(Quick example: Rupert’s Sunday Telegraph last weekend wanted to do a quick yarn on how much our most wealthy had lost in the market meltdown so they contacted corporate activist Stephen Mayne who provided them with the required data. The printed story had the usual suspects – Twiggy Forrest, Frank Lowy, James Packer – but guess who was missing? Mayne told the Terror the Murdoch family had dropped about $5 billion – more than Lowy or Packer – but there was no mention of it. Yes, it is that petty and pathetic a company.)]

    http://business.theage.com.au/business/anzs-eddington-error-20081125-6hjs.html?page=fullpage#contentSwap1

  22. Looks like the Poms are worried about an exodus of Aussies heading home.

    [A leading British newspaper has pleaded with Australians living in the UK not to head home amid concerns a looming recession and plummeting pound are fueling an exodus.]

    [According to the paper, Australian Immigration Department figures show an average of 2700 Australians are leaving the UK each month, up from 1750 a month in 2005.

    In the 12 months to June, 13,062 Australians applied for working holiday visas compared with more than 27,000 two years ago.]

    [“There was always a case that anyone leaving Circular Quay in Sydney for Southampton dock was going the wrong way,” said The Times, noting that 400,000 Australians live in Britain.

    “But now, with more than 20,000 Britons leaving for their country every year, we need all the Australians we can get. Would they please not go back where they came from?”]

    http://www.smh.com.au/articles/2008/11/26/1227491577546.html

  23. I recall the AFR last week made the observation that Howard Costello blew all but $2bn of their windfall in their later years which they state was $87bn pa.
    Whatever the exact quanitity we can say a humongous amount of money was wasted. This was also the opinion of the Chief Economist of the ANZ last year.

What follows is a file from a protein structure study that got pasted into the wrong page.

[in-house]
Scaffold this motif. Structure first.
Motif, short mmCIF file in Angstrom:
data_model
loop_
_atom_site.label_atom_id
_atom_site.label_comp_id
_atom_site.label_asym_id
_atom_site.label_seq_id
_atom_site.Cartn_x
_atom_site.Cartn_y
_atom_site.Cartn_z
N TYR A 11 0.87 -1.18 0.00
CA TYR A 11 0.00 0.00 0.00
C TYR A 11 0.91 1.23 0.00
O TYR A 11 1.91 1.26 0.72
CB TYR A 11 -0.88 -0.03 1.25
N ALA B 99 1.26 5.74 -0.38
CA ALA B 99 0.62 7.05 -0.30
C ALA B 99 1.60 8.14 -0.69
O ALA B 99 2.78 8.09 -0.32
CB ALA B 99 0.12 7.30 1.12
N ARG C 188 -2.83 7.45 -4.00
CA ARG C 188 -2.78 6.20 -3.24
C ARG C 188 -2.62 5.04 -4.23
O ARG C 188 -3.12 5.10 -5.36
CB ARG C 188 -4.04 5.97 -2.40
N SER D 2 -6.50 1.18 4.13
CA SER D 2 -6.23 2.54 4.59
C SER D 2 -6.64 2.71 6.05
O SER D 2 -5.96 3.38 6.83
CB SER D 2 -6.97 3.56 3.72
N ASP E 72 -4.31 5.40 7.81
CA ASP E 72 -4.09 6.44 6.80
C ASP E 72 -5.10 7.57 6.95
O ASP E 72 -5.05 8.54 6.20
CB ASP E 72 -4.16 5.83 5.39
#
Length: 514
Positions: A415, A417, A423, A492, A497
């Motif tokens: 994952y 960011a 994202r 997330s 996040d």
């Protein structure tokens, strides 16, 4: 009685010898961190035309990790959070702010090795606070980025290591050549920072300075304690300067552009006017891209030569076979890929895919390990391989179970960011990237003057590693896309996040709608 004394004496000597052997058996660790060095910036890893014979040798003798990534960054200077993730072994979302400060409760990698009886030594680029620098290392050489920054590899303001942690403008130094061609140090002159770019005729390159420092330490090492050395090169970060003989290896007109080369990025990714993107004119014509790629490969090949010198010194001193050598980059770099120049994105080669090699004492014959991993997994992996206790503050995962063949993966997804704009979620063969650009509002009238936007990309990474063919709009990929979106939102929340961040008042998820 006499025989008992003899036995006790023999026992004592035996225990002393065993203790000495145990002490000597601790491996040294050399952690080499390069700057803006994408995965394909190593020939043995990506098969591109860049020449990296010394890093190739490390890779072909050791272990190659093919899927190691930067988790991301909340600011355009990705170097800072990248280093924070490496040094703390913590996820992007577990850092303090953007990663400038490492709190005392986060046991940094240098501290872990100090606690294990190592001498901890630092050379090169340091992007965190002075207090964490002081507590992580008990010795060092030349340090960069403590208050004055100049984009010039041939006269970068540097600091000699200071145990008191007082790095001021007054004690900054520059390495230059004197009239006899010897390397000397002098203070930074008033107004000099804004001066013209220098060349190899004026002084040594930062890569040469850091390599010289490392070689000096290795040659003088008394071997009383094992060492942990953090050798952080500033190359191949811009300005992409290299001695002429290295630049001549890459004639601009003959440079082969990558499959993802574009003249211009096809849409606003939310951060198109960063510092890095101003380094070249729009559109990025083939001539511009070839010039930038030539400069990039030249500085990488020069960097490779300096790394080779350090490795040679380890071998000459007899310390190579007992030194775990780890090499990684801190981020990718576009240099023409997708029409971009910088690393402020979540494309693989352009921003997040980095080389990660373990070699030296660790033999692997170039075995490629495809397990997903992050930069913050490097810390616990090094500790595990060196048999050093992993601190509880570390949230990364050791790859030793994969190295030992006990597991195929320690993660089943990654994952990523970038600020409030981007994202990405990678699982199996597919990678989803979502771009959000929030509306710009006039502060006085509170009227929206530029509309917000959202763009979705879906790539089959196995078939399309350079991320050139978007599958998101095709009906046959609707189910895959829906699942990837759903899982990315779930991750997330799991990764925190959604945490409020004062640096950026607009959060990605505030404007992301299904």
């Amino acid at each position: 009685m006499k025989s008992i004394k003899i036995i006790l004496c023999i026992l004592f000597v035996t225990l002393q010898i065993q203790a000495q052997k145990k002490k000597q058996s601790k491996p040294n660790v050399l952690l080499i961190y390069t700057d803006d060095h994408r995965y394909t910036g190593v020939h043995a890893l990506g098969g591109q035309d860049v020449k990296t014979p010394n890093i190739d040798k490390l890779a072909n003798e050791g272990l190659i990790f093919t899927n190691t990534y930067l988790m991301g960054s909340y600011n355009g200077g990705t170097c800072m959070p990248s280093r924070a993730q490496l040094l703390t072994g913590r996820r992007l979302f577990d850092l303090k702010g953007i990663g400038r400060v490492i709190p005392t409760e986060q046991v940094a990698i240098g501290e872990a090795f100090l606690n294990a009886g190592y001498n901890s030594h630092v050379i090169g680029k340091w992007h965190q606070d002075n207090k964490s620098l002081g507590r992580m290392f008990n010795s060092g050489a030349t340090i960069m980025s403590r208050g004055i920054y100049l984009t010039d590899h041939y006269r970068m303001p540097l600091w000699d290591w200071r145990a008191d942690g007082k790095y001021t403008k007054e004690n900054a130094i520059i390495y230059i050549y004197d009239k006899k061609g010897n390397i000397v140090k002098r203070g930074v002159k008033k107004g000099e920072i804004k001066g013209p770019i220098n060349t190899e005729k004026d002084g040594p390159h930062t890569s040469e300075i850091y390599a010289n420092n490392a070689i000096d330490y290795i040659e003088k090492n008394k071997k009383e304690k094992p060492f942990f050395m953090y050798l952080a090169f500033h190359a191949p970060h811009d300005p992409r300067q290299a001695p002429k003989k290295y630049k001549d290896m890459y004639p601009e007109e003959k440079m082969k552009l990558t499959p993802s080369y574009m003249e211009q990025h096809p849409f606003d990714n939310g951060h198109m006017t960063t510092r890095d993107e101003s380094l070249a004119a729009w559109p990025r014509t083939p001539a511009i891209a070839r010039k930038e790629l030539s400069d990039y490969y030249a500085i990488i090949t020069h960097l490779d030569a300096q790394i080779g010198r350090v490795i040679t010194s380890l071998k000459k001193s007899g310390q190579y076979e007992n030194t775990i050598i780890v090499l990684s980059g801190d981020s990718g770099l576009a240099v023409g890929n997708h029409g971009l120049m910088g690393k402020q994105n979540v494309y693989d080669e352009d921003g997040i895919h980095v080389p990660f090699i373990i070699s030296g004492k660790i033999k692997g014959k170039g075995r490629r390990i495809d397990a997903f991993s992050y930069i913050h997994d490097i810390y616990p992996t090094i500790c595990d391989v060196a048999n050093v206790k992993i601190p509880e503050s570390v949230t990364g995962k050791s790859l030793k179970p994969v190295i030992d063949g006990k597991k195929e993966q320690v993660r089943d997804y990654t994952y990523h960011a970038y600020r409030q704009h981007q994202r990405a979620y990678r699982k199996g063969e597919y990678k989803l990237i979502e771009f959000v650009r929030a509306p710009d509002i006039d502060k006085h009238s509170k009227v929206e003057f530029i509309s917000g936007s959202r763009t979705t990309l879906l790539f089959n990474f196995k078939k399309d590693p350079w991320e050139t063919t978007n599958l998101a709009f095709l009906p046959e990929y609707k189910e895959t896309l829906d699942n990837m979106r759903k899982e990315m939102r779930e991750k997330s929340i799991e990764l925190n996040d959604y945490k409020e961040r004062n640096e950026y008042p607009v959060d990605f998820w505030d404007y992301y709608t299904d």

24. Thomas Paine at number 132 wrote:

    [Whatever the exact quanitity we can say a humongous amount of money was wasted.]

    Kevin Rudd, as always, has his finger on the facts …

    http://www.aph.gov.au/hansard/reps/dailys/dr141008.pdf

    Question Time, House of Representatives, 14 October 2008:

    [Mr RUDD—The government is committed to responsible economic management. If the previous government was committed to responsible economic management,it would have done something to invest the $390 billion which it had in extra parameter growth in budget revenues coming off the back of the resources boom in this nation’s long-term infrastructure needs.

    That would have been setting Australia up for the future.]

    (my emphasis)

  25. The front page of the AFR a few days ago citing the IMF report should be compulsory reading for anyone who still believes the myth that the Liberals are better economic managers.

  26. Glen,
    How many Democrats did Bush appoint? Or is bipartisanship something only losers seek? I’d have given them nothing and taken them nowhere. Just like Bush Cheney – real he-men who only kicked a bloke in the head if he looked like getting up. Yes – those two had vision. Obama just needs the help that only a Tory can give. Not.

    By the way, did you know those two broke/ignored a law that said the POTUS/VP could not represent the same state? Even though one came from Connecticut and the other Wyoming, in politics they represented Texas. I guess conventions are just for losers. Just like bipartisanship.

    Speaking of bipartisanship, it will be interesting to see how Obama and Turnbull “work together”. Because that is what Turnbull said he is looking forward to. I’m just struggling to find a precedent whereby the Prez checks in with the Oz Opposition leader. Maybe if young Hussein needs to move some personal assets ahead of fund freezing, I guess there is still hope for Mal and that monstrous ego of his. POTUS seeking help on Oz didn’t happen with Bush and Latham and I can’t understand why!

  27. Oz, maybe you did not notice, Kevin Rudd is sitting on the following infrastructure war chest created by the Howard-Costello surpluses

    $5 billion endowment fund for university campuses
    $22 billion Road and Railway Fund
    $2 billion Future Fund

    in additional to the surpluses

    These fund could not be spend when there is 2% unemployment, because there is no people to work on these project, to adopt these during 2% unemployment will cause massive skills shortage and therefore massive inflation, that is why the funds were created to be spend now

    Howard had the highest surplus and we have “experts” in here who said he spend too much. Howard also through Keating and Hawke spend too much, he spend his first budget cutting a lot of the excesses.

    Since Thomas Paine, Socrate, Oz etc thinks that Howard are hugh spenders. Like Howard, a new government would have plenty of area to cut spending …… so what did Kevin Rudd cut …… apart from health, NOTHING!!!!!!!!!…. and he had a larger mandate than Howard had and is more popular